How I Reclaimed the Self-Worth My Depression Took From Me


Depression did a real number on my self-worth. I can’t even tell you precisely when it happened. I have had depression for over a decade. It has mostly gone untreated because I denied it was a problem. I also have chronic pain, and in my mind, who wouldn’t have depression with chronic pain? But somewhere along the line, I began to feel worthless, hopeless and of no value.

During that time, I struggled a great deal to function at work because of the depression and chronic pain. They become entangled together. The more days I missed and the less I was able to function, the more guilty I felt. The more guilty I felt, the more my depression told me how worthless I was as a human being and to society as a whole. The more I seemed to fail, the more these thoughts were reinforced.

As a result, I felt hopeless about my situation. I felt like there was nothing I could do that would improve it. I felt like no matter how hard I tried, I’d never be able to achieve anything with my illnesses. I had some pretty pervasive suicidal thoughts at the time. And I felt like nothing I did had any value. That I had no value.

Self-worth is vital. Why pursue treatment when you just don’t matter? Why see a doctor over a symptom that might not be “important enough?” Why waste people’s time?

I remained like this for years and years, until I finally saw a psychologist and treated my depression with medication. The psychologist blatantly told me I had a poor sense of self-worth and I was taken aback. I hadn’t realized it. I knew my depressive thoughts were not gentle to my sense of self, but it never occurred to me that it had damaged my view of self.

My brain never gave me a break from anything it perceived as a personal flaw. If I did something good, it forgot about it instantly. Focusing on the negative is sometimes a cognitive game our brain plays when dealing with depression. And I excelled at it.

My psychologist had me start writing down some things I achieved each day and a goal for the next day. This helped with my motivation and self-worth. I could see my productivity, even if it was something small. And I would set one goal for the next day. I still do this now, because the feeling of productivity helps me feel better each day.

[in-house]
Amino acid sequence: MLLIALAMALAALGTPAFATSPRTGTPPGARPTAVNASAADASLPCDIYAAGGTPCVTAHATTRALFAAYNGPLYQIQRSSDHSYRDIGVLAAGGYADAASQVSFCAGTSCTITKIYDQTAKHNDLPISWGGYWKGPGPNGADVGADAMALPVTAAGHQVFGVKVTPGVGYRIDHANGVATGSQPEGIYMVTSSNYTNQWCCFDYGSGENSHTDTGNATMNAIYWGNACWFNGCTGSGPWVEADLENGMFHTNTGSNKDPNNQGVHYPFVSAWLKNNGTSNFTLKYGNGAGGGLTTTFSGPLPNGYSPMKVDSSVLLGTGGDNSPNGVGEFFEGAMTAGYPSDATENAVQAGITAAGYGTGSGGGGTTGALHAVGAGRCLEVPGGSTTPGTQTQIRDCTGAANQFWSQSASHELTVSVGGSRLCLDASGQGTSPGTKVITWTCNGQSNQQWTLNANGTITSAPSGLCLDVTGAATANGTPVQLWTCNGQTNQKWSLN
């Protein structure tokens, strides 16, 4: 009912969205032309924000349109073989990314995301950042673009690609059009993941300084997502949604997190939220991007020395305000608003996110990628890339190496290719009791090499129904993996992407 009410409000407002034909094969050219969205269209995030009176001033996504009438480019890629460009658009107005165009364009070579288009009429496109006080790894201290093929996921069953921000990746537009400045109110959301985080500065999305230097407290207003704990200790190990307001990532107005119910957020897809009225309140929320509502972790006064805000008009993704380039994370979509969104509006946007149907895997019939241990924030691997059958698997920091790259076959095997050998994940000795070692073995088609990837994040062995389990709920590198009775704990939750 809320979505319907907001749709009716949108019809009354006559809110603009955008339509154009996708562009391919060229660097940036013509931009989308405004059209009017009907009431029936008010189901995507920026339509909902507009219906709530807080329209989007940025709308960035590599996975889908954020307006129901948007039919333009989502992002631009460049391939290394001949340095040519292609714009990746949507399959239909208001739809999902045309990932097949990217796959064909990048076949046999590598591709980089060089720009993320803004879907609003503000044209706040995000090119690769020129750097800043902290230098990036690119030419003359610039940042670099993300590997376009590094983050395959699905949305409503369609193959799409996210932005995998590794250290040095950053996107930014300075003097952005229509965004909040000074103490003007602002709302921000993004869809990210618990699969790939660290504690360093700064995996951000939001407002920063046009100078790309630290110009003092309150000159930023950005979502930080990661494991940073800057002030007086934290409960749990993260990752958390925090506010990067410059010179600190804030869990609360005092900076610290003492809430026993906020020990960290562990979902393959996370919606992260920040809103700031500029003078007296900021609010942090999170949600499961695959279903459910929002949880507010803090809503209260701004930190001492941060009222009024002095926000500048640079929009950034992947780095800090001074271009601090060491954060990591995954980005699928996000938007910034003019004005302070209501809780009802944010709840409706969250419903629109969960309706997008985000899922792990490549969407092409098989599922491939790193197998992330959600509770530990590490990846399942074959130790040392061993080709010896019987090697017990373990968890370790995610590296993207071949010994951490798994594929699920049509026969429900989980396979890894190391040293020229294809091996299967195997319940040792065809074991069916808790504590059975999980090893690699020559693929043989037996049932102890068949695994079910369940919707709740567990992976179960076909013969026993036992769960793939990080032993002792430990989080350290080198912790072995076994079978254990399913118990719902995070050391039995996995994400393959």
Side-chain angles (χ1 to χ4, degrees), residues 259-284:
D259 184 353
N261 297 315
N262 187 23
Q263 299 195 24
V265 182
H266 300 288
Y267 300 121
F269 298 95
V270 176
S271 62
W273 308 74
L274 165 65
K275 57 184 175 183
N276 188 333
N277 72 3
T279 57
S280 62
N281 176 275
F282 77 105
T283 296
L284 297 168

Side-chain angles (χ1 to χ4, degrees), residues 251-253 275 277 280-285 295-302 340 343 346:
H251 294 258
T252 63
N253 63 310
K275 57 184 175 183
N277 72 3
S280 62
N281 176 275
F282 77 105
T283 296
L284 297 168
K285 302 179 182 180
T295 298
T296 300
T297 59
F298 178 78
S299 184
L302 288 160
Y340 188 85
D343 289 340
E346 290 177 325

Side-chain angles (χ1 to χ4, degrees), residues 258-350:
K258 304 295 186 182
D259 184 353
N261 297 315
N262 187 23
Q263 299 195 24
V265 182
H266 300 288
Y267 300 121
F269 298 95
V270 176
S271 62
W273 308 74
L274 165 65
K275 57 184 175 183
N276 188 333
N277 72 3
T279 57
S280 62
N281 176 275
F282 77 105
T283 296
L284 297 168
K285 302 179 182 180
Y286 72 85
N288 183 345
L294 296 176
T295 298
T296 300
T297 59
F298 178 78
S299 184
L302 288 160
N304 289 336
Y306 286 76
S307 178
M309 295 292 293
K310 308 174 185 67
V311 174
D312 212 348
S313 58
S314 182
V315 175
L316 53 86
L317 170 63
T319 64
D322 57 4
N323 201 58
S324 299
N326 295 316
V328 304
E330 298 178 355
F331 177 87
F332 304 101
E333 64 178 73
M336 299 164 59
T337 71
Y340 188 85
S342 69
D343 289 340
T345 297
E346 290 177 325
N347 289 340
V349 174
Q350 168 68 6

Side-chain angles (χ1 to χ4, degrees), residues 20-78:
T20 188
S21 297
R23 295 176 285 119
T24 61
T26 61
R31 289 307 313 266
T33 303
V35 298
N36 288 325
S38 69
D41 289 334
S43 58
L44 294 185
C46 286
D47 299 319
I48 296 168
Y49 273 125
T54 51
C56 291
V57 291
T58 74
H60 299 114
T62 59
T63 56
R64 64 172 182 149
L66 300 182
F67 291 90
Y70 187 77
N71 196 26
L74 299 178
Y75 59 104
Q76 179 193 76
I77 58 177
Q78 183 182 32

I also started a mood/cognitive thought journal. When I had an excessively negative thought, I would write it down. Then I would write down a more realistic thought and express what sort of reasoning I was using to change the thought. For example; was I focusing on the negative rather than the positive or was I catastrophizing? Then, I would compare my initial mood to the mood I had after adjusting the thought. When you do this enough, you really begin to focus on your thinking and the habitual, automatic thoughts your brain has been spitting out. Eventually, they occur less often and you begin to catch the negative thoughts more.

Our thought process can be an integral part of depression. Why did I have low self-worth? Because I was telling myself in a thousand little ways how worthless I was.

The psychiatrist also had me write down positive characteristics about myself and positive things I have done. This took tremendous effort on my part. My brain, like a weak muscle, wasn’t used to focusing on parts of myself that were worthy of praise. And my brain didn’t take praise well from others.

My brain muscle needed to be trained to accept kind words from others, to negate negative thinking and redefine its own sense of worth. This took time, and I am still working on it. I will likely be working on it for a while. But at least I know I am worth the effort now.

If you or someone you know needs help, visit our suicide prevention resources page.

If you struggle with self-harm and you need support right now, call the crisis hotline at 1-800-273-8255 or text “START” to 741-741. For a list of ways to cope with self-harm urges, click here.

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Thinkstock photo via ParfonovaIuliia


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